July 17, 2013

Abs for the Ages. ~ Amy Blanding

“Every day, God gives us the sun—and also one moment in which we have the ability to change everything that makes us unhappy.” 

~ Paulo Coelho

The Practical:

I go to Salt Spring Island to visit my friend for New Year’s.

She’s a Moksha Yoga teacher, and I’m interested in the practice, so she agrees to show me some techniques and postures. My friend asks me how my upper body strength is and I say, “really good.” I say this with confidence as I think back on all my early-morning boot camps at the gym and regular sessions in the weight room. In the middle of her living room, she talks me through a short flow into chaturanga dandasana/plank position. I hold it steady, focusing my energy on perfect form and masking my exertion. I ignore the pressure in my hands and wrists and breathe deeply.

I’ve got this; I’m strong, prepared and so damn eager.

Then she picks up a green block, puts it between my upper thighs, and lightly touches my body in two or three areas, shifting my form ever so slightly. Immediately my core begins to quake and shiver and I feel an intensity of muscle exertion that I’ve never felt before. I giggle—barely—when I realize that I can’t hold my body up and I drop to the mat. Less than one minute of work and I’m spent. I look up at my friend and say “that shit is real.”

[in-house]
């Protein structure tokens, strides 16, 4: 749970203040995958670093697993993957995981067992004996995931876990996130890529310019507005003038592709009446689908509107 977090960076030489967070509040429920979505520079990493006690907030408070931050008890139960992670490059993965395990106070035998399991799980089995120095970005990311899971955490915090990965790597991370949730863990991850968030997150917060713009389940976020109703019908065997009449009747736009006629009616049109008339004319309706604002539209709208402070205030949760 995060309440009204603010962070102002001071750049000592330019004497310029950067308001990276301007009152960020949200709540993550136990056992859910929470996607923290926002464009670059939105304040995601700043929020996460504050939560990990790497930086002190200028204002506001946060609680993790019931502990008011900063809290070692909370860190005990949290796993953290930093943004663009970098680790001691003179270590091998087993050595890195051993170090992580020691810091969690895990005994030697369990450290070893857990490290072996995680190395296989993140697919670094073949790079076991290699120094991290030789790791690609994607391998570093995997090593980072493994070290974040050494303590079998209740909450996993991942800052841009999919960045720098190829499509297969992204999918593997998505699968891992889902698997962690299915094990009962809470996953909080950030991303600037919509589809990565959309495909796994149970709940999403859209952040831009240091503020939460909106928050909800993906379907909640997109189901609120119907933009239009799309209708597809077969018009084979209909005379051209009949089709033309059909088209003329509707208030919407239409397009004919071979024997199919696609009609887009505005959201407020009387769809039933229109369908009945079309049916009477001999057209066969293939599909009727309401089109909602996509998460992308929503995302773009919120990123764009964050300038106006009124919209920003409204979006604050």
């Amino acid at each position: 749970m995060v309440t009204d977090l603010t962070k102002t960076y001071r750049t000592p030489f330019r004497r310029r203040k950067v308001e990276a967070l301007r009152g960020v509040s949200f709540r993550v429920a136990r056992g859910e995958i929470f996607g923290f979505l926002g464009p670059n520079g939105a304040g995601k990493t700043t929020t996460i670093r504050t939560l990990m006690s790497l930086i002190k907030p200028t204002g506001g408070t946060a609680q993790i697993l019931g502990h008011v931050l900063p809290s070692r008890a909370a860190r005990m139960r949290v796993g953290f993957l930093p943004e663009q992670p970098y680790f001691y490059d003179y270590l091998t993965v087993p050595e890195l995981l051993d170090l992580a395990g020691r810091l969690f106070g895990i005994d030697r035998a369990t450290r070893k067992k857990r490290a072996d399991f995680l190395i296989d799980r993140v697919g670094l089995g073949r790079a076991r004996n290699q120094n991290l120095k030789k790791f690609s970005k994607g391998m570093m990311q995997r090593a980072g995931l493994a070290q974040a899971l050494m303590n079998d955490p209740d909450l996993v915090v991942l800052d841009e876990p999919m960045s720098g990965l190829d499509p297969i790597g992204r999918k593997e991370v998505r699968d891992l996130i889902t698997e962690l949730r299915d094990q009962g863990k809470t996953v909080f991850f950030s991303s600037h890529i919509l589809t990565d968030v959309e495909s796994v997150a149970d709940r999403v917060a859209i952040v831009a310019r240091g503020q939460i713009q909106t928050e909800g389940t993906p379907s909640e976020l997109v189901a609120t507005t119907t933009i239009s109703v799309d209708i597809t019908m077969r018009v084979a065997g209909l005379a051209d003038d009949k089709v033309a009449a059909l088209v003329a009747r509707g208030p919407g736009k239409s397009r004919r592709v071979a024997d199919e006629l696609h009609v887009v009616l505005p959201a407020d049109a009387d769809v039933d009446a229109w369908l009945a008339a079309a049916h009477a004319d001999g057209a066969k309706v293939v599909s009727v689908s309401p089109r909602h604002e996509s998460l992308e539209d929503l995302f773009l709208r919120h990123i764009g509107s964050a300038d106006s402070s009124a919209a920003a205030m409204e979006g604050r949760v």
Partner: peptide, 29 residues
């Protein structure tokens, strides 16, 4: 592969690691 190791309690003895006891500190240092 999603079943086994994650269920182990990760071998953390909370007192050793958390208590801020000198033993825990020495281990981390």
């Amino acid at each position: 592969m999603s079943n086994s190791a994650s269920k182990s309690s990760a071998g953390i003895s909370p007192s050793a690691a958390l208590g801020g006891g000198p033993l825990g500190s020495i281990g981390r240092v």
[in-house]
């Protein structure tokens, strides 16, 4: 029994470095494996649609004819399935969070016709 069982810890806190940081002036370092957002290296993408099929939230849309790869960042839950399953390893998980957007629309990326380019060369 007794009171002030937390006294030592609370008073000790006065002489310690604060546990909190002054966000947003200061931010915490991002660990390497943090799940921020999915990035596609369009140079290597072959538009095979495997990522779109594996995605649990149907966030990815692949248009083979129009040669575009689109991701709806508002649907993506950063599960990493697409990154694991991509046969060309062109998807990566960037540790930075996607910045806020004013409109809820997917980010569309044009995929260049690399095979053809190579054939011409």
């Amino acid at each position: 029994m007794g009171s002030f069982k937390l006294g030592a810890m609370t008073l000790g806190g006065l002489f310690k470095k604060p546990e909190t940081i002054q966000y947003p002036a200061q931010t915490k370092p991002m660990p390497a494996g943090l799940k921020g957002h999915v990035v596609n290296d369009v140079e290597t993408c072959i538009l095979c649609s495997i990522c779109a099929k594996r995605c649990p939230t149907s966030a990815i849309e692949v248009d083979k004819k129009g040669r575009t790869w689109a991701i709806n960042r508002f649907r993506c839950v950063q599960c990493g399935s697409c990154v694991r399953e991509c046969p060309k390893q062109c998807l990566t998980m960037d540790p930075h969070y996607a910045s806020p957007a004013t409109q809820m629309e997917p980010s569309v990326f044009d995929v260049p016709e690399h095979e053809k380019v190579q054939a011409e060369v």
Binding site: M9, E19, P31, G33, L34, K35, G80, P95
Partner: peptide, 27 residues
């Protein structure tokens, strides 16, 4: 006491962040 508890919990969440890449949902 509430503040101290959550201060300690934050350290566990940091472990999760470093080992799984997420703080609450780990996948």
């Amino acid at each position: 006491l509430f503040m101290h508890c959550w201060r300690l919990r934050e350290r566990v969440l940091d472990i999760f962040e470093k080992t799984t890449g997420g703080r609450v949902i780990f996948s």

I think to myself “I’ve got a lot of work to do on my core.”

The Subliminal:

It had been a long time coming, and I thought I had made some good progress.

I had two years of work, recovery, rehabilitation, reintegration and conscious self-reflection. Oh yeah, I had read all the books and sought-out wise teachers. I reorganized my life and fought to regain control.

After being hurt so badly by the people closest to me I was learning—ever-so slowly—how to reach beyond the ache and find the reconciliation waiting there. All I was looking for was forward momentum, which was something different than the stagnancy and depression I had been dwelling in for too long. Then I felt like I had found it.

I no longer felt like a monster, but just another piece of humanity learning to dig through suffering to the joy of life on the other side.

Except then an email or a damn Facebook post pops up and suddenly I go from walking upright in my righteousness to feeling like I’ve been punched in the gut. I can’t find a deep breath anywhere and everything good turns into a milky black sadness. As I sink, I know—this shit is real.

I think to myself “I’ve got a lot of work to do on my core.”

I used to think that real, authentic, lasting happiness must take a long time to happen. Everything else takes so much work, so too must contentment, right?  Yet this morning I woke-up to soft yellow sun, music, and a blueberry muffin.

A moment of peace.

A feeling of love.

So I bow in gratitude to the core.



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Assistant Ed: Dana Gornall/Ed: Bryonie Wise

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